Illinois

Planned increased security for the Lunar New Year celebrations, the latest Illinois Assault Weapons Prohibition Challenges, and more in your roundup of the Chicago news

Good afternoon. Here’s the latest news you need to know in Chicago. It’s about a five-minute read that fills you in on today’s biggest stories.

– Matt Moore (@MattKenMoore​​​​​​​)

Expect some more snow this afternoon – with a possible 2 to 4 inches – and a height of almost 34 degrees. Snow showers are likely tonight with a low near 29. Expect scattered snow showers tomorrow with a high near 32.

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The Chicago Police Department, organizers to bolster planned security for the Lunar New Year parades

Chicago police and organizers of local Lunar New Year celebrations are taking extra precautions after two mass shootings in California in recent days.

The Chicago Police Department will increase scheduled security for Saturday’s New Year’s Parade in Uptown and Sunday in Chinatown.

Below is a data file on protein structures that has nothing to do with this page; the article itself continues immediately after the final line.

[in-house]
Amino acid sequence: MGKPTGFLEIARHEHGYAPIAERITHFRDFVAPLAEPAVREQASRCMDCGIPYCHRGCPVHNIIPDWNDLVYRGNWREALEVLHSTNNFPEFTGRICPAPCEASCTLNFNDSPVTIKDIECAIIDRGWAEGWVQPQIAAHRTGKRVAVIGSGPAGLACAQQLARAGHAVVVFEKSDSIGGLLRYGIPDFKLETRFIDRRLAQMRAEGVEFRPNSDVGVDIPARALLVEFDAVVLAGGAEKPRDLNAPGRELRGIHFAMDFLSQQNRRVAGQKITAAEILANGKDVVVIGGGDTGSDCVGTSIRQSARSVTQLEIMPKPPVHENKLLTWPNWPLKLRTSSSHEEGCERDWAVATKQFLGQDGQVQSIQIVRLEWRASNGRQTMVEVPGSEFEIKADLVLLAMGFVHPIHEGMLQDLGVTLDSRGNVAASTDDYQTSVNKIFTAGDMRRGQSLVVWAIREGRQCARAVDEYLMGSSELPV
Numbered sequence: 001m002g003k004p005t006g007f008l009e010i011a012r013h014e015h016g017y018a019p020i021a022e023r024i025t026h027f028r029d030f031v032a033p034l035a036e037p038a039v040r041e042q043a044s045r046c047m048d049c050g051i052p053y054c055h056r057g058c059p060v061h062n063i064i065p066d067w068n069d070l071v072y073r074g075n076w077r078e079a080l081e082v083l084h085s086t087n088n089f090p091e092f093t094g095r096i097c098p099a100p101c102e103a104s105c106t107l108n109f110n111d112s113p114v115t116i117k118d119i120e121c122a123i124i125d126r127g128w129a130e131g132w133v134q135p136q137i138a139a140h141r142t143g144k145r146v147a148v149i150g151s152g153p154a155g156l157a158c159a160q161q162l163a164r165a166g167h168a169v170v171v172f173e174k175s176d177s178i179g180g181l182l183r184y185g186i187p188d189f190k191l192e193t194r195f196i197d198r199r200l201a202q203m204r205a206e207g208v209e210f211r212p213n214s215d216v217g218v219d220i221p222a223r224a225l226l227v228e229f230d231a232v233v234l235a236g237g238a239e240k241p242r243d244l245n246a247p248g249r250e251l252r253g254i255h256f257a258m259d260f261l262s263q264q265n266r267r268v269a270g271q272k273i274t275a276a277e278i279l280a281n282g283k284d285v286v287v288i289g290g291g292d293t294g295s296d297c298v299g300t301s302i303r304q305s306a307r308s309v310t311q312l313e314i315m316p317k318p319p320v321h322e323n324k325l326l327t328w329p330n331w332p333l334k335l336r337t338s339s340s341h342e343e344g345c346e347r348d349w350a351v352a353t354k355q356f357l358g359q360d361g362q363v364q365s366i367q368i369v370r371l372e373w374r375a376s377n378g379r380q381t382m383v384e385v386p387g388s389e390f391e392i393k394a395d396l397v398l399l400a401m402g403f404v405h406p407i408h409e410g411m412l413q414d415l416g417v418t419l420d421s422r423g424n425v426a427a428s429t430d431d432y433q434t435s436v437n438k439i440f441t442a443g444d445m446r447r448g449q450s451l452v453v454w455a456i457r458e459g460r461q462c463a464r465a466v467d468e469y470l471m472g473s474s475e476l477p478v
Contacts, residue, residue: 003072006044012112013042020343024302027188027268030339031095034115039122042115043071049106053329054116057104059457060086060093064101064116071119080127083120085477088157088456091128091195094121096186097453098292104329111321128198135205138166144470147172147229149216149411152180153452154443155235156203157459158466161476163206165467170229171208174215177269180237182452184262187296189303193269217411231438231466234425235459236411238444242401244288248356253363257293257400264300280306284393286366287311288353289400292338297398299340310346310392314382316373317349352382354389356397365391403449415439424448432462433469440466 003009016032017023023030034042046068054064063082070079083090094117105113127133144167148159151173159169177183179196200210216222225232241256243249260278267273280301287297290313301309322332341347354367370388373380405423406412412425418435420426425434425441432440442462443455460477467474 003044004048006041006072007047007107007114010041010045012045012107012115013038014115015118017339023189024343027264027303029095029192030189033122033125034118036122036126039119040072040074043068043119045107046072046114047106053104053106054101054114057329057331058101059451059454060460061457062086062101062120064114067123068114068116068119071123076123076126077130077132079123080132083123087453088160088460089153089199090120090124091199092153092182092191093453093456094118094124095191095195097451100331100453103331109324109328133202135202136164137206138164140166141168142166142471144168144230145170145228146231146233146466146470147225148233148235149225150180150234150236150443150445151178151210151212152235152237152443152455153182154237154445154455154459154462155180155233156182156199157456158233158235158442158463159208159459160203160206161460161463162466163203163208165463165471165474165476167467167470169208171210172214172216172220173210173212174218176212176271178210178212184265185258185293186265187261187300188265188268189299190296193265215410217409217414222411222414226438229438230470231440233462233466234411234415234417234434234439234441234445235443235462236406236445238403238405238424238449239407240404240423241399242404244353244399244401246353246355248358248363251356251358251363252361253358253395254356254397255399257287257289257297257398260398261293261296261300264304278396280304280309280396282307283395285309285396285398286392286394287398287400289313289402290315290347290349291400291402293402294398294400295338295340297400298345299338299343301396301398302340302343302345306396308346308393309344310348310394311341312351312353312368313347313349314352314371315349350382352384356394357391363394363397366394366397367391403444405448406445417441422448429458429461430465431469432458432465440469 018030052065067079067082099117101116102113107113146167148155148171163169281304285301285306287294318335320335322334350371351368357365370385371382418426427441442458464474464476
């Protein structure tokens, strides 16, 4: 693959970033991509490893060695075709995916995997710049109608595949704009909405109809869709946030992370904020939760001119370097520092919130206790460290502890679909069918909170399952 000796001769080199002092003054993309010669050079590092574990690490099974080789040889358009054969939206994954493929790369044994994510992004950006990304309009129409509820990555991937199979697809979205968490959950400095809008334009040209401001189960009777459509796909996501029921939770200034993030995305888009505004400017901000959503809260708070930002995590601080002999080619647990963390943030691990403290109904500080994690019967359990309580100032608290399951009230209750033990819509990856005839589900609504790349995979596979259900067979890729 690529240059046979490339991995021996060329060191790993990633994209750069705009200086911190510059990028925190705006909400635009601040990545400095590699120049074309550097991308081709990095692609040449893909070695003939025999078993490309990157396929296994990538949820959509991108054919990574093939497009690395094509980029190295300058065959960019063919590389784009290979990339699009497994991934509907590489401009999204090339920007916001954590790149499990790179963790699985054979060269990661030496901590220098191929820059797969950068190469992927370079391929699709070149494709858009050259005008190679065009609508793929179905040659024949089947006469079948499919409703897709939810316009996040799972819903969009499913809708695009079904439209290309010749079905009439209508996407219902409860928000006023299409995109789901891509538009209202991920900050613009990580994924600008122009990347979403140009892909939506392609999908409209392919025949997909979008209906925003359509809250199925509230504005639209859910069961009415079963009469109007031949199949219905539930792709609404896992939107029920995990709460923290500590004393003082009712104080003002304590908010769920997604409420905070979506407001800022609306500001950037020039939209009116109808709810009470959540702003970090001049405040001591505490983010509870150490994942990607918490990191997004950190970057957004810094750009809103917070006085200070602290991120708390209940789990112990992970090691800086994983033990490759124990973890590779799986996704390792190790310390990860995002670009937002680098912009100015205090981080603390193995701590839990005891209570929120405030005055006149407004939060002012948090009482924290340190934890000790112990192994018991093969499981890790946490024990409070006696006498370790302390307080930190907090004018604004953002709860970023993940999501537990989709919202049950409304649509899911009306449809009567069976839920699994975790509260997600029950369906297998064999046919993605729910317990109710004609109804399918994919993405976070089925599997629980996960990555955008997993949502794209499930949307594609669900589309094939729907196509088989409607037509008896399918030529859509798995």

“Our volunteers, like the police, will be on heightened alert and very aware of our surroundings,” said Gene Lee, founder of Chicago Chinatown Special Events, which organizes Chinatown’s annual Chinese New Year parade. This weekend marks the 111th year of the parade.

Lee and other organizers have met with CPD officials, and plainclothes officials will attend the parade, Lee said. Chicago Chinatown Special Events also hired private security officers who will work independently. Organizers will use the parade’s public address system to remind guests to watch out for suspicious activity, Lee said. While CPD declined to give details, the department said in a statement earlier this week that it will be communicating with members of the community as planned security increases.

The heightened precautions come after a gunman killed 10 people at a dance club on Saturday night during Lunar New Year celebrations in the predominantly Asian-American town of Monterey Park on the eastern edge of Los Angeles. In another shooting in Half Moon Bay, California, on Monday, a gunman killed seven people and seriously injured another. Some of those victims were also Asian, officials said.

The Chinatown Parade begins Sunday at 1:00 p.m. on Wentworth Avenue, heading north from 24th Street to Cermak Road. Before being paused due to the COVID-19 pandemic, the parade attracted around 20,000 people each year, Lee said. He expects the same this year.